Call it a pause — for now — on the approval of Battle Ground Public Schools’ new middle school sexual health education curriculum.
In a twist at Monday’s school board meeting, district leaders recommended holding off adopting HealthSmart as the curriculum to teach health and sexual health education to grades 5-8 beginning this school year in favor of taking a look at another option.
Check The Facts, a comprehensive sexual health curriculum developed in California, is now up for consideration and will be reviewed by the same 25-person committee created by the district which recommended HealthSmart last month.
According to Check The Facts’ website, topics the material covers include anatomy, conception and fetal development, gender identity, healthy relationships and sexually transmitted infections.
At its June 28 board meeting, directors narrowly passed the first reading of HealthSmart, 3-2, but not without testimony during public comment both in favor of and against HealthSmart.
Last month, Jennifer Heine-Withee of Washington Parents’ Rights in Education testified she felt the proposed HealthSmart curriculum would be rejected by the Battle Ground community. She advised the district to look at Check The Facts and followed up with district leadership in the weeks following the June meeting.
Allison Tuchardt and Dave Cresap, the district’s directors of curriculum, instruction and assessment, reviewed the new material. Tuchardt said Monday if Check The Facts was available in the spring, she and Cresap believe it would have made the final list for review. At the time, Tuchardt said that the curriculum was still being written.
Aim to be thorough
Now, though, district leadership is willing to take the new material suggested under consideration, alongside the already-recommended HealthSmart.
“We feel it’s better to pause and look at this other program and then make a decision with our committee about next steps than put something in place before we are absolutely sure that we have thoroughly done our jobs with this adoption process,” Tuchardt said.
Superintendent Denny Waters spoke in favor of the pause, which officially received a 5-0 vote by board members to table until a future date. Several committee members who attended the meeting were in favor of looking at the new material when addressed by board director Troy McCoy.
Committee member Blake Bowers said he has a vested interest not only as a parent and Battle Ground community member, but also a physical education teacher at Tukes Valley Middle School who will be teaching whichever material is adopted. He said he’s excited for the opportunity to review the new curriculum.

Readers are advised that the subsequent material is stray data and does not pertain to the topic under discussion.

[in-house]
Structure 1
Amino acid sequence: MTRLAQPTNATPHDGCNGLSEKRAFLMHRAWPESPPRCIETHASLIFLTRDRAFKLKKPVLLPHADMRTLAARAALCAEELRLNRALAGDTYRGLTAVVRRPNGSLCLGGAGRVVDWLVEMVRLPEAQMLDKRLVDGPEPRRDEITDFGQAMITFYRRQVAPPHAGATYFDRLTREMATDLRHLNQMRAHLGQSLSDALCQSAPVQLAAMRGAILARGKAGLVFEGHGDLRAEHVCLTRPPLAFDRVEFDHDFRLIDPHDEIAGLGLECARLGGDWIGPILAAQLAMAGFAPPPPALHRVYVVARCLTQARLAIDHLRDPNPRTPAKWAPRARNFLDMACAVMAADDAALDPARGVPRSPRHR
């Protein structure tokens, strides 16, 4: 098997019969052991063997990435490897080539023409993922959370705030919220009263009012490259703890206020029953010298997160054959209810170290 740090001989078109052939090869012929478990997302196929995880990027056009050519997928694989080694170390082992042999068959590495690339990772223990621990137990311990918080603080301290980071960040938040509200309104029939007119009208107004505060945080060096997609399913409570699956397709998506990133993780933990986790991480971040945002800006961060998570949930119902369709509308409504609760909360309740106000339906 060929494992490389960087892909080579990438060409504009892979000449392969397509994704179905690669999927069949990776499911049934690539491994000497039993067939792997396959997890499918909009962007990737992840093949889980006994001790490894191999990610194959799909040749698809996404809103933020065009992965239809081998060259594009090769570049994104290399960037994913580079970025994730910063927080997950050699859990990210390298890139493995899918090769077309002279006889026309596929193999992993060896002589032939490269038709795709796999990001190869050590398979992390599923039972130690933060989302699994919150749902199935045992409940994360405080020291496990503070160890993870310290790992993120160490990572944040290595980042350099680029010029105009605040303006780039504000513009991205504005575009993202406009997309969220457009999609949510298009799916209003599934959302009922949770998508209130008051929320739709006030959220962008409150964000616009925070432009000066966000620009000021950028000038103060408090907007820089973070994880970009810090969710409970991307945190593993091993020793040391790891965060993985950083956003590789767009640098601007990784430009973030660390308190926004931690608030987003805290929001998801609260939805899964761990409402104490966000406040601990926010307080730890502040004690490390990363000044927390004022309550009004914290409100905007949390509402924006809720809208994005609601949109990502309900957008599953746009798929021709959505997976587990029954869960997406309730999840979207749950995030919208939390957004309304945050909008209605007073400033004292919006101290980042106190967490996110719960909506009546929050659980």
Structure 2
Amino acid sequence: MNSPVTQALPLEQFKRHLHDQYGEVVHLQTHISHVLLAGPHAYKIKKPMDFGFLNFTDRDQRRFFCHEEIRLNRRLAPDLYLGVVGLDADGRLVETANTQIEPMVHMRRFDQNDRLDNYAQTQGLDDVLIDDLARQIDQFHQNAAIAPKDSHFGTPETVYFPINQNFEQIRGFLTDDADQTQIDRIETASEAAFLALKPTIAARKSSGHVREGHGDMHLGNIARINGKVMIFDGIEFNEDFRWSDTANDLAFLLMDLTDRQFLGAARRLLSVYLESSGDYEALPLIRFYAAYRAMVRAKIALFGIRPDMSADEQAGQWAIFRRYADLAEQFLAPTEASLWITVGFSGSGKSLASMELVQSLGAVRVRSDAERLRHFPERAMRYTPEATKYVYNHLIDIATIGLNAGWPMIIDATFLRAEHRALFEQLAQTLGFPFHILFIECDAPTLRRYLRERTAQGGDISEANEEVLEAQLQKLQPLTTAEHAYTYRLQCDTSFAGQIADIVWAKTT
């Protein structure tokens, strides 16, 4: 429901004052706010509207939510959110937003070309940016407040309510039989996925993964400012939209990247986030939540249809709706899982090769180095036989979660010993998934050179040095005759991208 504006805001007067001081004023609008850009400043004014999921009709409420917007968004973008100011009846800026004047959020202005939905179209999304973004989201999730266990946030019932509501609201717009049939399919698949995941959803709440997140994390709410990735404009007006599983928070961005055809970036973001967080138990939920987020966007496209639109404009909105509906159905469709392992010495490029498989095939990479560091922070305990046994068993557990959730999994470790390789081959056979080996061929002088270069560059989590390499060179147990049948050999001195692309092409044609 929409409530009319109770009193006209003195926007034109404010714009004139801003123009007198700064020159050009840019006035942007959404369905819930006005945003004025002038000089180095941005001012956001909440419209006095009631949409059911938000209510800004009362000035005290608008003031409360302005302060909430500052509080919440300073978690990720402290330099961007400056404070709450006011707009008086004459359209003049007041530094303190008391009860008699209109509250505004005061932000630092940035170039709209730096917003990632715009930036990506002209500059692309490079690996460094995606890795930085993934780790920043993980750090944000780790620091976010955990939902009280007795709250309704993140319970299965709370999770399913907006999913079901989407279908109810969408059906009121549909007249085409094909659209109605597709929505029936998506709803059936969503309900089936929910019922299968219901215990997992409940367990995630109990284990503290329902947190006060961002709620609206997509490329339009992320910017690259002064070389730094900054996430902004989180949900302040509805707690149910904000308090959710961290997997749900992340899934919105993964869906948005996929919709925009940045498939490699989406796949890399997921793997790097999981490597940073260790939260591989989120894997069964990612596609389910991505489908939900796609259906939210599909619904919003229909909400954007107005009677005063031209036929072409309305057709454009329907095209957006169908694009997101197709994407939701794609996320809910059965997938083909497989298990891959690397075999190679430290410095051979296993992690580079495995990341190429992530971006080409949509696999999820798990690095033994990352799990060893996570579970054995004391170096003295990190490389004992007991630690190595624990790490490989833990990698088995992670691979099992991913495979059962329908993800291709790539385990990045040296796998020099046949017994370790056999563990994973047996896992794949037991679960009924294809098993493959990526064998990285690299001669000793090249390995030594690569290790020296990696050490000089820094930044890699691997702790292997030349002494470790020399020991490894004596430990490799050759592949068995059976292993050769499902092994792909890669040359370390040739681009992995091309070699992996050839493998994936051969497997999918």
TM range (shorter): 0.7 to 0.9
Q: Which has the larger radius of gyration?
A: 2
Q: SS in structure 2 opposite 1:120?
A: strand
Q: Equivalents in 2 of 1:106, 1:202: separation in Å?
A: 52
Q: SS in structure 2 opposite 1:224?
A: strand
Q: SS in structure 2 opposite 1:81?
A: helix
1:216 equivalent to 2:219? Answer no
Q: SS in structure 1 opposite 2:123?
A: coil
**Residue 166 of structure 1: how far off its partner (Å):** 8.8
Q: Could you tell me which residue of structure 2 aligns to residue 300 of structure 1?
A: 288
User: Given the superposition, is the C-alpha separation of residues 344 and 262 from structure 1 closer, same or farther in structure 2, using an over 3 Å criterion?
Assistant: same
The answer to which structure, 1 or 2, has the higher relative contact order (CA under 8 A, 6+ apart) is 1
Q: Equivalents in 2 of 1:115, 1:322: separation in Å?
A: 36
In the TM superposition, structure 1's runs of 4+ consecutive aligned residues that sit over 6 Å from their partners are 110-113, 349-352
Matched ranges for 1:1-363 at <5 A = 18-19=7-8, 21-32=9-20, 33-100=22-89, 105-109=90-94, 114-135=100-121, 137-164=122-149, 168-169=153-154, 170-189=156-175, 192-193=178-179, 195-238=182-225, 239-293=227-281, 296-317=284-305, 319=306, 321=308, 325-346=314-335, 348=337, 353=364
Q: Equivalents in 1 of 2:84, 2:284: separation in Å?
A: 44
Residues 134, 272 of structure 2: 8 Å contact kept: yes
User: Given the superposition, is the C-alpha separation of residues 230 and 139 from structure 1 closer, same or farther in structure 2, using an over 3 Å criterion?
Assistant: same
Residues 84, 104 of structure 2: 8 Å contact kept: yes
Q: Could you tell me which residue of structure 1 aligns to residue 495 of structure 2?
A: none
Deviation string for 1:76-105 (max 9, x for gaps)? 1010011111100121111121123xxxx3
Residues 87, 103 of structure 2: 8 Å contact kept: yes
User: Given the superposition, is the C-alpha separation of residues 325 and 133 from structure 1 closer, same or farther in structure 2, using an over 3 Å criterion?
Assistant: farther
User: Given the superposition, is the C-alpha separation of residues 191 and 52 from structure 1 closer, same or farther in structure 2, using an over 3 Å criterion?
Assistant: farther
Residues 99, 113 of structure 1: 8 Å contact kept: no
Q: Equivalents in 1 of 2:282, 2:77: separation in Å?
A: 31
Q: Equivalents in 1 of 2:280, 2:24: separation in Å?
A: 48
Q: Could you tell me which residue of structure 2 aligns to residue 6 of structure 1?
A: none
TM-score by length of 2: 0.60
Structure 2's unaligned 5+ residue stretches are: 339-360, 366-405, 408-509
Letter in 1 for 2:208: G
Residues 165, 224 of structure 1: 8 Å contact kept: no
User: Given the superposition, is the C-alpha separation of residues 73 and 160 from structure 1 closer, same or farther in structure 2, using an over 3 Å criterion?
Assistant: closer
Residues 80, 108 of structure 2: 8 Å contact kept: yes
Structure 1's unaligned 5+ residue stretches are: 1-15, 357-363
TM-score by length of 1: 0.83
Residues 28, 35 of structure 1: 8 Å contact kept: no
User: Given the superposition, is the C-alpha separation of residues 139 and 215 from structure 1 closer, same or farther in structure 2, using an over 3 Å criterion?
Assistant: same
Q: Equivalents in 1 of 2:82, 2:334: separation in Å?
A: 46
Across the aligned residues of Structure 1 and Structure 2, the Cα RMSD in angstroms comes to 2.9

“Options can change if that information is proven to be fruitful and reviewed, vetted with the same constructs as the other curriculum that we have,” Bowers said.
In November, Washington voters passed Referendum 90 requiring sexual health education for students in grades 4-12 and a social-emotional focus for grades K-3 starting this school year. Schools are required to provide age-appropriate sexual health education at least twice between sixth and eighth grades, and twice again in high school. By 2023, the law requires districts to expand age-appropriate instruction to elementary school grades.
The law also allows districts to choose their curriculum and the flexibility for when sexual health is first taught. Battle Ground is opting to begin its curriculum once students reach middle school; BGPS’ middle schools serve grades 5-8.
In the spring, the district formed a middle school sexual health education advisory committee made up of district leaders, parents and other community members. The committee met several times over a 10-week span to review four separate curricula that must meet state requirements. According to last month’s presentation to the board, HealthSmart has a standard health unit for fifth grade, and health and sexual health units for sixth through eighth grades.
Tuchardt added it’s not an “open invitation” to review curriculum beyond Check The Facts, but committee members will use the same process they did in the spring to determine what proposed curriculum to recommend for board approval.